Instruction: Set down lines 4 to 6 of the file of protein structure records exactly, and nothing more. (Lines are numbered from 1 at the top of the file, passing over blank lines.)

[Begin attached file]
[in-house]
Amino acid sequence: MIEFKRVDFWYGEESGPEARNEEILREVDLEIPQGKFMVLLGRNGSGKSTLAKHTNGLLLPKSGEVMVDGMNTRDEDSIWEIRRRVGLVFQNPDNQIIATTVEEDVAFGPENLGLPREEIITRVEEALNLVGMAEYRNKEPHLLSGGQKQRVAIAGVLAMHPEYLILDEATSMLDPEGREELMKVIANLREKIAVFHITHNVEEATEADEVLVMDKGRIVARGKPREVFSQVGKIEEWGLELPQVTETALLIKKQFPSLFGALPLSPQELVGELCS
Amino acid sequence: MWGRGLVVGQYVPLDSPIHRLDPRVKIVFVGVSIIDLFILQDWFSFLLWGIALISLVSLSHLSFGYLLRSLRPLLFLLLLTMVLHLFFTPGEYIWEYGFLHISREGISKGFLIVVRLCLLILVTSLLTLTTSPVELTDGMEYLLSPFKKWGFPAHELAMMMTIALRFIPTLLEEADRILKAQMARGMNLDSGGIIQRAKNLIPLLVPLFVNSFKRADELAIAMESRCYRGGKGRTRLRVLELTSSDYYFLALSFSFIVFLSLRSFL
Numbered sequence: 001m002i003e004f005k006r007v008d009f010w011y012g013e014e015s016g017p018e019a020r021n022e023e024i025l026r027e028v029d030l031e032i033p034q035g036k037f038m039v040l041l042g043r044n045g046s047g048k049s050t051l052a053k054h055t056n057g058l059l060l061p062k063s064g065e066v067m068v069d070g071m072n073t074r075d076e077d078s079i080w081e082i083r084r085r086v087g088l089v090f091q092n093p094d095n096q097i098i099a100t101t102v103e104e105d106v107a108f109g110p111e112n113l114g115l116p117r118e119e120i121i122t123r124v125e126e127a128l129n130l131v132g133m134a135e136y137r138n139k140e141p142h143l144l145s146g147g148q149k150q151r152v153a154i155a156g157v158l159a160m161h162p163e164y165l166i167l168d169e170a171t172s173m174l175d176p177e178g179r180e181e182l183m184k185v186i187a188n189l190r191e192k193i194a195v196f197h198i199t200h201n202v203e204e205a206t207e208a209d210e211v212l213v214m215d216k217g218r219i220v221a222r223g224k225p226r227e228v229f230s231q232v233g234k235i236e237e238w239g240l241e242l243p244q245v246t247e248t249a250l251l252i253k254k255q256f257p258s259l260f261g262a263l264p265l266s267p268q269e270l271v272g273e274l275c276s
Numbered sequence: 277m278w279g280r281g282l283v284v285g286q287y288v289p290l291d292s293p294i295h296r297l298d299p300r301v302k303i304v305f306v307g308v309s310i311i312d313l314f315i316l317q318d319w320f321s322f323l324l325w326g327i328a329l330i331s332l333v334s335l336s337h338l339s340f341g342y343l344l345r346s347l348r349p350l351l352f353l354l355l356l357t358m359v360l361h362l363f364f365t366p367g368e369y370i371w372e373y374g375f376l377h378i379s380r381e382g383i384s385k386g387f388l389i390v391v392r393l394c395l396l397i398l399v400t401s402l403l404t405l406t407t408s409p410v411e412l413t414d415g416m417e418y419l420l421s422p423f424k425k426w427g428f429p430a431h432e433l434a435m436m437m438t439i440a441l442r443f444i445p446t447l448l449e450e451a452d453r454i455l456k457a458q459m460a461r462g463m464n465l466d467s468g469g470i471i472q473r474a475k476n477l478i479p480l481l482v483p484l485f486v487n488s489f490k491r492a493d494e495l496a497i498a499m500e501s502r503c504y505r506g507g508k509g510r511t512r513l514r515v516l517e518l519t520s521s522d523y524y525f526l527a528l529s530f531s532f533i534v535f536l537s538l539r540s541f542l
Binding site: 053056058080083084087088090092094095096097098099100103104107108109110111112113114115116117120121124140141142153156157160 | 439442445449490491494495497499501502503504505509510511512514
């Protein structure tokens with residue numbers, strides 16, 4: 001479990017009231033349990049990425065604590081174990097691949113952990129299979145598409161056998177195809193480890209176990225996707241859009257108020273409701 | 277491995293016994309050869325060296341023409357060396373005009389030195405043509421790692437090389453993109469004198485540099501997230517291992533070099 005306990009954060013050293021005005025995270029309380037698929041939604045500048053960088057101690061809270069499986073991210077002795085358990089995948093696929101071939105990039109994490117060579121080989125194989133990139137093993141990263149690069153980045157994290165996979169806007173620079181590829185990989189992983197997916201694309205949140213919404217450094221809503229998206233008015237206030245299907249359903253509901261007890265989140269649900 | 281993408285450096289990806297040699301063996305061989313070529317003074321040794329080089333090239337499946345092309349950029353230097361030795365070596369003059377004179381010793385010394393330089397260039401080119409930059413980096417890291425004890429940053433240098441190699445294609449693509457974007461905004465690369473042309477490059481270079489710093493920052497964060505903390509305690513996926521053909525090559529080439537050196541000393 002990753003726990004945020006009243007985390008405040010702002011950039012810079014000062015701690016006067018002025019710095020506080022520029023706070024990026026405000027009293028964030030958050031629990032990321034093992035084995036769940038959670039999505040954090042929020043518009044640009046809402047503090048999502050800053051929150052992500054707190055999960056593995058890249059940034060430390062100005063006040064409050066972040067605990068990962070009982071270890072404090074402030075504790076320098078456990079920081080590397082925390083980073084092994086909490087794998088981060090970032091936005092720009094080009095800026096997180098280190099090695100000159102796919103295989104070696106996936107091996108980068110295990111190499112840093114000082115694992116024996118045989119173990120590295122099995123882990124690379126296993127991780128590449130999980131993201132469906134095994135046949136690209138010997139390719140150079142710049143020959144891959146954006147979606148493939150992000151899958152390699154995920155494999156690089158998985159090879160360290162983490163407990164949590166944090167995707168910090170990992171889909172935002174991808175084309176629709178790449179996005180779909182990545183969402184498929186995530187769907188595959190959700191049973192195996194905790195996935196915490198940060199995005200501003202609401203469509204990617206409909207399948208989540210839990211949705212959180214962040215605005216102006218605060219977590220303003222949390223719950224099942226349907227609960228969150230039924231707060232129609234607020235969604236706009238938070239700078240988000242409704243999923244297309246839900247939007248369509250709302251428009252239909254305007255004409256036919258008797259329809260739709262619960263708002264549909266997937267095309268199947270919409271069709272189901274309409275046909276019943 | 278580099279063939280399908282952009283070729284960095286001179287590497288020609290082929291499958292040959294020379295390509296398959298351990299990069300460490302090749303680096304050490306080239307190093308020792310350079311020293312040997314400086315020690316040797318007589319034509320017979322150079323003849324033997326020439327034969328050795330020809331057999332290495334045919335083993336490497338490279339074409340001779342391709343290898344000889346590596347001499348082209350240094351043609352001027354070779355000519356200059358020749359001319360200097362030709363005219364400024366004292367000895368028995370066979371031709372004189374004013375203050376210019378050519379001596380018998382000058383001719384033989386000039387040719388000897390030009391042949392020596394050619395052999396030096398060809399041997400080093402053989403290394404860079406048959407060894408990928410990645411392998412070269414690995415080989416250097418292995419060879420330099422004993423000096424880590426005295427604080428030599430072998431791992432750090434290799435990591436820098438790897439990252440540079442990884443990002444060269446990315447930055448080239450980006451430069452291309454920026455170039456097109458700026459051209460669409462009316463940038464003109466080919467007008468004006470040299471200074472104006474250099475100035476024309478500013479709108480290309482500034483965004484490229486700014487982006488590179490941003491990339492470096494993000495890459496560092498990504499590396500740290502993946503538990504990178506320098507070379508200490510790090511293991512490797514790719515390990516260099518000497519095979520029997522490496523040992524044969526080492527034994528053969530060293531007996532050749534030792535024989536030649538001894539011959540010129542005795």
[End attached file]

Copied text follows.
Numbered sequence: 001m002i003e004f005k006r007v008d009f010w011y012g013e014e015s016g017p018e019a020r021n022e023e024i025l026r027e028v029d030l031e032i033p034q035g036k037f038m039v040l041l042g043r044n045g046s047g048k049s050t051l052a053k054h055t056n057g058l059l060l061p062k063s064g065e066v067m068v069d070g071m072n073t074r075d076e077d078s079i080w081e082i083r084r085r086v087g088l089v090f091q092n093p094d095n096q097i098i099a100t101t102v103e104e105d106v107a108f109g110p111e112n113l114g115l116p117r118e119e120i121i122t123r124v125e126e127a128l129n130l131v132g133m134a135e136y137r138n139k140e141p142h143l144l145s146g147g148q149k150q151r152v153a154i155a156g157v158l159a160m161h162p163e164y165l166i167l168d169e170a171t172s173m174l175d176p177e178g179r180e181e182l183m184k185v186i187a188n189l190r191e192k193i194a195v196f197h198i199t200h201n202v203e204e205a206t207e208a209d210e211v212l213v214m215d216k217g218r219i220v221a222r223g224k225p226r227e228v229f230s231q232v233g234k235i236e237e238w239g240l241e242l243p244q245v246t247e248t249a250l251l252i253k254k255q256f257p258s259l260f261g262a263l264p265l266s267p268q269e270l271v272g273e274l275c276s
Numbered sequence: 277m278w279g280r281g282l283v284v285g286q287y288v289p290l291d292s293p294i295h296r297l298d299p300r301v302k303i304v305f306v307g308v309s310i311i312d313l314f315i316l317q318d319w320f321s322f323l324l325w326g327i328a329l330i331s332l333v334s335l336s337h338l339s340f341g342y343l344l345r346s347l348r349p350l351l352f353l354l355l356l357t358m359v360l361h362l363f364f365t366p367g368e369y370i371w372e373y374g375f376l377h378i379s380r381e382g383i384s385k386g387f388l389i390v391v392r393l394c395l396l397i398l399v400t401s402l403l404t405l406t407t408s409p410v411e412l413t414d415g416m417e418y419l420l421s422p423f424k425k426w427g428f429p430a431h432e433l434a435m436m437m438t439i440a441l442r443f444i445p446t447l448l449e450e451a452d453r454i455l456k457a458q459m460a461r462g463m464n465l466d467s468g469g470i471i472q473r474a475k476n477l478i479p480l481l482v483p484l485f486v487n488s489f490k491r492a493d494e495l496a497i498a499m500e501s502r503c504y505r506g507g508k509g510r511t512r513l514r515v516l517e518l519t520s521s522d523y524y525f526l527a528l529s530f531s532f533i534v535f536l537s538l539r540s541f542l
Binding site: 053056058080083084087088090092094095096097098099100103104107108109110111112113114115116117120121124140141142153156157160 | 439442445449490491494495497499501502503504505509510511512514